The Annual Ladies’ Dinner was a most respectable gathering—the flower of Fort Beulah. Most of the ladies and more than half of the gentlemen wore evening clothes, and it was rumored that before the feast the inner circle had had cocktails, privily served in Room 289 of the hotel. The tables, arranged on three sides of a hollow square, were bright with candles, cut-glass dishes of candy and slightly tough almonds, figurines of Mickey Mouse, brass Rotary wheels, and small silk American flags stuck in gilded hard-boiled eggs. On the wall was a banner lettered “Service Before Self,” and the menu—the celery, cream of tomato soup, broiled haddock, chicken croquettes, peas, and tutti-frutti ice-cream—was up to the highest standards of the Hotel Wessex.

They were all listening, agape. General Edgeways was completing his manly yet mystical rhapsody on nationalism:
“… for these U-nited States, a-lone among the great powers, have no desire for foreign conquest. Our highest ambition is to be darned well let alone! Our only gen-uine relationship to Europe is in our arduous task of having to try and educate the crass and ignorant masses that Europe has wished onto us up to something like a semblance of American culture and good manners. But, as I explained to you, we must be prepared to defend our shores against all the alien gangs of international racketeers that call themselves ‘governments,’ and that with such feverish envy are always eyeing our inexhaustible mines, our towering forests, our titanic and luxurious cities, our fair and far-flung fields.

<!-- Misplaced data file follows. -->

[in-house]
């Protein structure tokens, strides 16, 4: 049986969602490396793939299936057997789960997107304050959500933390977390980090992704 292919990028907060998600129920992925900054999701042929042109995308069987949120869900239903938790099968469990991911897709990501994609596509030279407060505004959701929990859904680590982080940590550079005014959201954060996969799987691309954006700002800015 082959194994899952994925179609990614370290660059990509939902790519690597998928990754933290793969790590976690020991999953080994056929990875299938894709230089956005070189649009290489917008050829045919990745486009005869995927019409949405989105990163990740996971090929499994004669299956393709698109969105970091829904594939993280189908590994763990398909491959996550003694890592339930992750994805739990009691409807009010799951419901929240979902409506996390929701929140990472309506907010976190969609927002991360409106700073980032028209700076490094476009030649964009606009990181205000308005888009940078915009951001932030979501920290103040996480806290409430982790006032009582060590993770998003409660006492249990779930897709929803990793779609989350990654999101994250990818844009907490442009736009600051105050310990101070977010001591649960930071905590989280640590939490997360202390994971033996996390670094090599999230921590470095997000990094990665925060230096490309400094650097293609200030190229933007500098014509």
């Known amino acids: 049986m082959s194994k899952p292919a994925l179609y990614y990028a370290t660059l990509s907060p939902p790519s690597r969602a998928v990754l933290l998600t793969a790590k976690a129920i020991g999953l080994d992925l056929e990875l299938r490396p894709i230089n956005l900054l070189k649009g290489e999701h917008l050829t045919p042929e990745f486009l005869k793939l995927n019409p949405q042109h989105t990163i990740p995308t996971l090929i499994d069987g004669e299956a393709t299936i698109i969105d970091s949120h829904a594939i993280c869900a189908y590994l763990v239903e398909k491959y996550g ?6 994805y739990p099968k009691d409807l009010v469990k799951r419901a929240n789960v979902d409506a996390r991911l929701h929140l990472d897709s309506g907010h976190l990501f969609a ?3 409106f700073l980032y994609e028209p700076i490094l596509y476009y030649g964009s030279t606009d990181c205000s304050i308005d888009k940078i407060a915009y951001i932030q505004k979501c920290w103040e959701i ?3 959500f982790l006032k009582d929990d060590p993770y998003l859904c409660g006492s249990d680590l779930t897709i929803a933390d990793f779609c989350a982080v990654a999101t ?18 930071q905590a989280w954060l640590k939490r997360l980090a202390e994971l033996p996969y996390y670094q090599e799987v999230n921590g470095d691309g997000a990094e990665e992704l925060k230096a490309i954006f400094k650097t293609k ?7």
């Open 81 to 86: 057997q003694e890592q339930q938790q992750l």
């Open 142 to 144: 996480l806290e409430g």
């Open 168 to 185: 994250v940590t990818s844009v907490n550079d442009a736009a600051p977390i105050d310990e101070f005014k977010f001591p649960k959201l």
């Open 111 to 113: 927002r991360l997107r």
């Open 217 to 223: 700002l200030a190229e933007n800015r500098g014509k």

“For the first time in all history, a great nation must go on arming itself more and more, not for conquest—not for jealousy— not for war—but for peace! Pray God it may never be necessary, but if foreign nations don’t sharply heed our warning, there will, as when the proverbial dragon’s teeth were sowed, spring up an armed and fearless warrior upon every square foot of these United States, so arduously cultivated and defended by our pioneer fathers, whose sword-girded images we must be… or we shall perish!”

The applause was cyclonic. “Professor” Emil Staubmeyer, the superintendent of schools, popped up to scream, “Three cheers for the General—hip, hip, hooray!”

Full text: http://gutenberg.net.au/ebooks03/0301001h.html

Note:

Title: It Can’t Happen Here
Author: Sinclair Lewis

* A Project Gutenberg of Australia eBook * eBook No.: 0301001h.html Language: English Date first posted: Jul 2003 Most recent update: Jul 2017
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The International Consortium Of Investigative Journalists ~ The ICIJ Offshore Leaks Database

This ICIJ database contains information on more than 785,000 offshore entities that are part of the Panama Papers, the Offshore Leaks, the Bahamas Leaks and the Paradise Papers investigations. The data covers nearly 80 years up to 2016 and links to people and companies in more than 200 countries and territories.

The real value of the database is that it strips away the secrecy that cloaks companies and trusts incorporated in tax havens and exposes the people behind them. This includes, when available, the names of the real owners of those opaque structures. In all, the interactive application reveals more than 720,000 names of people and companies behind secret offshore structures. They come from leaked records and not a standardized corporate registry, so there may be duplicates. In some cases, companies are listed as shareholders for another company or a trust, an arrangement that often helps obscure the flesh-and-blood people behind offshore entities.